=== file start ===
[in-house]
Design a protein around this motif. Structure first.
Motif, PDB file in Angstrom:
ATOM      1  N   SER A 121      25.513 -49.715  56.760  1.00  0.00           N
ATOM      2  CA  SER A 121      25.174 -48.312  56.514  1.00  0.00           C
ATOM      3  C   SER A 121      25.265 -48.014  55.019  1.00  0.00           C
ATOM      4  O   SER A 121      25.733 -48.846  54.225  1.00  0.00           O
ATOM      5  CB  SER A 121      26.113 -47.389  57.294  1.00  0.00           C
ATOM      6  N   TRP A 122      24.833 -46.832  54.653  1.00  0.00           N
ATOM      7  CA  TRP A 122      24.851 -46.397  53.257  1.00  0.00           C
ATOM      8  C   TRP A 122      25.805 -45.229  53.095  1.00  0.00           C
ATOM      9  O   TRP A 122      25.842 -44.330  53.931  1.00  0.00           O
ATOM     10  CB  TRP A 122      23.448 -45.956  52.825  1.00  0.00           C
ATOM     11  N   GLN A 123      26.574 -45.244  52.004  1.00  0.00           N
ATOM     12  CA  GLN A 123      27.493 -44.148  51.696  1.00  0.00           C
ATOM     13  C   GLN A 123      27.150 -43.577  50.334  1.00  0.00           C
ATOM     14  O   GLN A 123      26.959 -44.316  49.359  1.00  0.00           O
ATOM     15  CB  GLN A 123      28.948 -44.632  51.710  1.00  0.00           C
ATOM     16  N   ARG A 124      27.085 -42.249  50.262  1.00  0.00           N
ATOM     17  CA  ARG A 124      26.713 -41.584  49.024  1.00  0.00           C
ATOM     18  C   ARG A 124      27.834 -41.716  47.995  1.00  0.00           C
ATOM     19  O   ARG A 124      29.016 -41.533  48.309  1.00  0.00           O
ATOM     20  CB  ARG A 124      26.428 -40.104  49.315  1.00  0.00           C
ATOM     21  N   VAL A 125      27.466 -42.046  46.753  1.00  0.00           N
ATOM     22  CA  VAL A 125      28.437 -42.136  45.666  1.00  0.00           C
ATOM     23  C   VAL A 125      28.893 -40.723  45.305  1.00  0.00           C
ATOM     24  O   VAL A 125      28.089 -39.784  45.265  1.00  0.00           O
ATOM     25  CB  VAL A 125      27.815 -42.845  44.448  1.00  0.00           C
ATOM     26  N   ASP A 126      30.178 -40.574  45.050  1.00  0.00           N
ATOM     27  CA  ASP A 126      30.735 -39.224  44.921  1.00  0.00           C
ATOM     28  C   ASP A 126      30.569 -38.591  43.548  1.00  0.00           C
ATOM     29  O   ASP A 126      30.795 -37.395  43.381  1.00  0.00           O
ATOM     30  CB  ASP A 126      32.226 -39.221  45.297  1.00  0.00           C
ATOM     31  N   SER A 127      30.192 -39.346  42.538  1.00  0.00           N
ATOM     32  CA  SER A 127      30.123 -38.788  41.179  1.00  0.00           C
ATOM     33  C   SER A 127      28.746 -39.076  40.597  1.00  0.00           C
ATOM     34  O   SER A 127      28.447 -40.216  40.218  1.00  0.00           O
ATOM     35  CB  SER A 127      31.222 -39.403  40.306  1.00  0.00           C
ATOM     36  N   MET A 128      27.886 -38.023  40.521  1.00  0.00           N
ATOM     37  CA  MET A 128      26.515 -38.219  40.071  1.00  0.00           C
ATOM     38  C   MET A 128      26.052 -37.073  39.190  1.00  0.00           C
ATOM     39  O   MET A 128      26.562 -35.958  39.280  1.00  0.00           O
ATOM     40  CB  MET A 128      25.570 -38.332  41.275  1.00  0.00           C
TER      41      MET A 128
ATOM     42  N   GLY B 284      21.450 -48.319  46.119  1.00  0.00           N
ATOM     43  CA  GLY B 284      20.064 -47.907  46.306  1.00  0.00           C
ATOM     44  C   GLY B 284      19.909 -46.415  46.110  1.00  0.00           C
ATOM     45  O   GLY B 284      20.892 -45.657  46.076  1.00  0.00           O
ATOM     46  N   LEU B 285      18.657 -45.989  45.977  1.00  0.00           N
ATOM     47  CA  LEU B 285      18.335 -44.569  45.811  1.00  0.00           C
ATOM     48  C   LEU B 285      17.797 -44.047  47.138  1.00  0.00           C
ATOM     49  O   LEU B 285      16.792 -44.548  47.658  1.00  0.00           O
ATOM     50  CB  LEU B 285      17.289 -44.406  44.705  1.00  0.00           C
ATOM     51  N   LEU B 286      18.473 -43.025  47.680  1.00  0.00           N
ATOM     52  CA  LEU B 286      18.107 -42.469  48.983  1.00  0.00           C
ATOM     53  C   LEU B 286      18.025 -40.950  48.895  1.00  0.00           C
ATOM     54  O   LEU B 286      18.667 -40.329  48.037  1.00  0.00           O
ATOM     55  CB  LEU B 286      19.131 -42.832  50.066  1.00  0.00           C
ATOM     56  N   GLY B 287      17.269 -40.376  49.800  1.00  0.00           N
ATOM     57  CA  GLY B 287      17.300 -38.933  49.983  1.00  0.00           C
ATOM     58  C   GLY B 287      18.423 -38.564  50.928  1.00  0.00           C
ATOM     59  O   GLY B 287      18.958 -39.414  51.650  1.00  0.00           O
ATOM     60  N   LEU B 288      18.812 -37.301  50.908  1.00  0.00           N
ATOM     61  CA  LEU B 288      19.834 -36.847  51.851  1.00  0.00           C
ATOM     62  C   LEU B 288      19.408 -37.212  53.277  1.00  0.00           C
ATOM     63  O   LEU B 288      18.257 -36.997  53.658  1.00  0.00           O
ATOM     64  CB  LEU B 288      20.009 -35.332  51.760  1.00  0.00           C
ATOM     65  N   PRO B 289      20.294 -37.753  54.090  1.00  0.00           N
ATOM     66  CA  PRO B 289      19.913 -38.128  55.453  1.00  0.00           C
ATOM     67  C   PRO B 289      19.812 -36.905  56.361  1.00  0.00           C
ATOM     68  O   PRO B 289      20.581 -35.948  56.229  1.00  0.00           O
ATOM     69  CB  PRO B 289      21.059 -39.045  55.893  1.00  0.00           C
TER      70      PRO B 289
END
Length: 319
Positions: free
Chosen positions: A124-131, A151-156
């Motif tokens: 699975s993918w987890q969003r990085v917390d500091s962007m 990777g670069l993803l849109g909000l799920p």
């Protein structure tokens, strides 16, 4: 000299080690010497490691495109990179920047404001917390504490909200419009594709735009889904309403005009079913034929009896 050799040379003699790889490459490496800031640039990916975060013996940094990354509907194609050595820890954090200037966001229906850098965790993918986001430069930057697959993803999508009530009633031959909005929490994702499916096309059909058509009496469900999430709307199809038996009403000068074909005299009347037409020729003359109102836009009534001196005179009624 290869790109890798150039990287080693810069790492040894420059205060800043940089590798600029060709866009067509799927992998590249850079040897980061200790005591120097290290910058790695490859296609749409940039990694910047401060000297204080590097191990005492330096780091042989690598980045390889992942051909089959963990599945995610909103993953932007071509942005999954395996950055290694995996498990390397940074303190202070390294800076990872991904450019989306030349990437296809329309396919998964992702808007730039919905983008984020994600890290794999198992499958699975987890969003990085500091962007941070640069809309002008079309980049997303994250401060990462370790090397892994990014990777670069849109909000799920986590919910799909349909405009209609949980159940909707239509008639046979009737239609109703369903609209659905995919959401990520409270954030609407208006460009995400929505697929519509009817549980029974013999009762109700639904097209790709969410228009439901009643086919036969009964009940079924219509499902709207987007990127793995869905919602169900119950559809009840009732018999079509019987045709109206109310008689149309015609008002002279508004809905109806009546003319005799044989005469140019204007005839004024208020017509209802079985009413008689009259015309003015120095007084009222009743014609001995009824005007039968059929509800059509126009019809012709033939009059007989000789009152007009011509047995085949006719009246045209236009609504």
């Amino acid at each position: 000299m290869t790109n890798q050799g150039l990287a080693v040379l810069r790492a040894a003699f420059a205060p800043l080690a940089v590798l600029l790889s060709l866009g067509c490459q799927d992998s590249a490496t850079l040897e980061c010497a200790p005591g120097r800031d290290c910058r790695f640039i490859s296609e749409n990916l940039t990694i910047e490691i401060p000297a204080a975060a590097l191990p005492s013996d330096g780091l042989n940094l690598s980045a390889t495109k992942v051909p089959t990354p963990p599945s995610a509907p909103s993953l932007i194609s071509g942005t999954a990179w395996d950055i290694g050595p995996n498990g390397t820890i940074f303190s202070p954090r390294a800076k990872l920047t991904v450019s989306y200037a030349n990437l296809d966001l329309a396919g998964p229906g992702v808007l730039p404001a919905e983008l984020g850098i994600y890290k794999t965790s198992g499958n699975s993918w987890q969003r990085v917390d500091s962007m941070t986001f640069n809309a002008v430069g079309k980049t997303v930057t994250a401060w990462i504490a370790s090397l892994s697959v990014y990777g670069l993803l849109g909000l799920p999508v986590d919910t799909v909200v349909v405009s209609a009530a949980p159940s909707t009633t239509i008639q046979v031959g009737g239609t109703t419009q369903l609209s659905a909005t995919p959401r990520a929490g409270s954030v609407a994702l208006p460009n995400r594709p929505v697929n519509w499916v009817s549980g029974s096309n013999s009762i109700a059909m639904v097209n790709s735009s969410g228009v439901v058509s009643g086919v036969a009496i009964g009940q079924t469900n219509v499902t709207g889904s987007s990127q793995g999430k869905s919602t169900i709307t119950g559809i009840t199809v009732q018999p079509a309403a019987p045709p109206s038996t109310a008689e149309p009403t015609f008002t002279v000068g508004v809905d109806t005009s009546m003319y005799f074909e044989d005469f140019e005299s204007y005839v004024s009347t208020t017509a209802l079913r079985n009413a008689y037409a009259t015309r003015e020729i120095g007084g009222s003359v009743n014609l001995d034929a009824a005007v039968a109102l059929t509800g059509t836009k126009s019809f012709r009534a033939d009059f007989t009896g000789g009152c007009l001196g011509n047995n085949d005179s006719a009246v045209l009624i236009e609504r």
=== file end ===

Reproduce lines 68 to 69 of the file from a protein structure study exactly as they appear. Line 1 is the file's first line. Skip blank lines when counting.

ATOM     65  N   PRO B 289      20.294 -37.753  54.090  1.00  0.00           N
ATOM     66  CA  PRO B 289      19.913 -38.128  55.453  1.00  0.00           C